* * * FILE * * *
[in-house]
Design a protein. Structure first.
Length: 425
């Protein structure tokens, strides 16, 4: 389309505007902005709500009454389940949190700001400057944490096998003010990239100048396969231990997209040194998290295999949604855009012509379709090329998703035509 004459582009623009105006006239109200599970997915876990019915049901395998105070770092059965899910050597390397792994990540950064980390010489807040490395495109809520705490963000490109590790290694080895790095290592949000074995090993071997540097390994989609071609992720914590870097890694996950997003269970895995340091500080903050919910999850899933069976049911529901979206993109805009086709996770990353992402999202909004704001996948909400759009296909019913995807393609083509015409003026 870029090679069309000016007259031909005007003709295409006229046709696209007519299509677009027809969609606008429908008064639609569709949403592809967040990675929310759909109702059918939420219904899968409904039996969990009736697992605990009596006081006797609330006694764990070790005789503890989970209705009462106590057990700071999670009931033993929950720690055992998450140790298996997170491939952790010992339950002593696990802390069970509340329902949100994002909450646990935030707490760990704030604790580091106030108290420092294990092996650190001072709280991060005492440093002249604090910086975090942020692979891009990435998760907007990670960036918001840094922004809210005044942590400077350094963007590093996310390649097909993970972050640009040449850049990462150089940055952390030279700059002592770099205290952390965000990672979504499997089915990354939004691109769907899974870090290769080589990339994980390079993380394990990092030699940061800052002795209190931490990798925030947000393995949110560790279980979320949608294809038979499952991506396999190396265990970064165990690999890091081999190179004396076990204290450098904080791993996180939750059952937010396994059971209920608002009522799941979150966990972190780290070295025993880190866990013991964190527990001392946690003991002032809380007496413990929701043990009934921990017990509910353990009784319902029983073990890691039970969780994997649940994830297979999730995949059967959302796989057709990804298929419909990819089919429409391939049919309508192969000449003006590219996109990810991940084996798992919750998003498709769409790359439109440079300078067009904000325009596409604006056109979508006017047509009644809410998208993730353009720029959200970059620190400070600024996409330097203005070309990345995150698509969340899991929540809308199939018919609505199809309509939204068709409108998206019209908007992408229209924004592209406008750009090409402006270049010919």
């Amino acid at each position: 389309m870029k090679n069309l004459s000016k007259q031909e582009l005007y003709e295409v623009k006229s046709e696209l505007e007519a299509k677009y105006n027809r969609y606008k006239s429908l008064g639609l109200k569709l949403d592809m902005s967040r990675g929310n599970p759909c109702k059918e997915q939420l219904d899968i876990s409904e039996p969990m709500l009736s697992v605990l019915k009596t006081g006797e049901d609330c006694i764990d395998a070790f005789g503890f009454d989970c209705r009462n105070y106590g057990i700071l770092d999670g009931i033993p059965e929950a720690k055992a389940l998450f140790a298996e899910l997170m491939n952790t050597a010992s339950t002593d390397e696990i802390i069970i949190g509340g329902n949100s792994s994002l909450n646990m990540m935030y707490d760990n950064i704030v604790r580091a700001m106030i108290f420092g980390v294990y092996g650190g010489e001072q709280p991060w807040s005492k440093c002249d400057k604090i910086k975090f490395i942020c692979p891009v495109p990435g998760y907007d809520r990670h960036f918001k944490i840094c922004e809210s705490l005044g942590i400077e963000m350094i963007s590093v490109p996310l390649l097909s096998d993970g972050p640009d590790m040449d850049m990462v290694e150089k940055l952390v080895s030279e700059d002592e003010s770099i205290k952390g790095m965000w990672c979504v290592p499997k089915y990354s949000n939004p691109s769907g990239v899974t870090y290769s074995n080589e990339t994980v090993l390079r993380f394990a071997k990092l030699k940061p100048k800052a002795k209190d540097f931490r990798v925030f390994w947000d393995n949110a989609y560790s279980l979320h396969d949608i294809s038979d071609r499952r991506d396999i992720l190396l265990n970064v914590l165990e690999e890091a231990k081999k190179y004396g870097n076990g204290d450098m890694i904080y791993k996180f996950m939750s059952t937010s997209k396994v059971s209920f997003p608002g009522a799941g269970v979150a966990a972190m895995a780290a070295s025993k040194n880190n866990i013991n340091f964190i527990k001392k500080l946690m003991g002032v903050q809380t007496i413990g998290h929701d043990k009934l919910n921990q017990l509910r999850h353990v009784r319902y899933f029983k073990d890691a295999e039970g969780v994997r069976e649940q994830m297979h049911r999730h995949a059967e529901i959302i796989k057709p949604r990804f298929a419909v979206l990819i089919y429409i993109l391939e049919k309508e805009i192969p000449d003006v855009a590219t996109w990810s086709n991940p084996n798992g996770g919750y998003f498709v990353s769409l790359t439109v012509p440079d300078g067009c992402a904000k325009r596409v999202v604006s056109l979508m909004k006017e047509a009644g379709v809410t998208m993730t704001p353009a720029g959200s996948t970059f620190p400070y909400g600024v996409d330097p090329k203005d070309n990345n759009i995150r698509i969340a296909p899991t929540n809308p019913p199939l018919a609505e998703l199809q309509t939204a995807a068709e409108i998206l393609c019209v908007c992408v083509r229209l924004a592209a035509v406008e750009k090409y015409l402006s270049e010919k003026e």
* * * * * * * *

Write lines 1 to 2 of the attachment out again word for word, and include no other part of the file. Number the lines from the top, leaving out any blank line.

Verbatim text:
[in-house]
Design a protein. Structure first.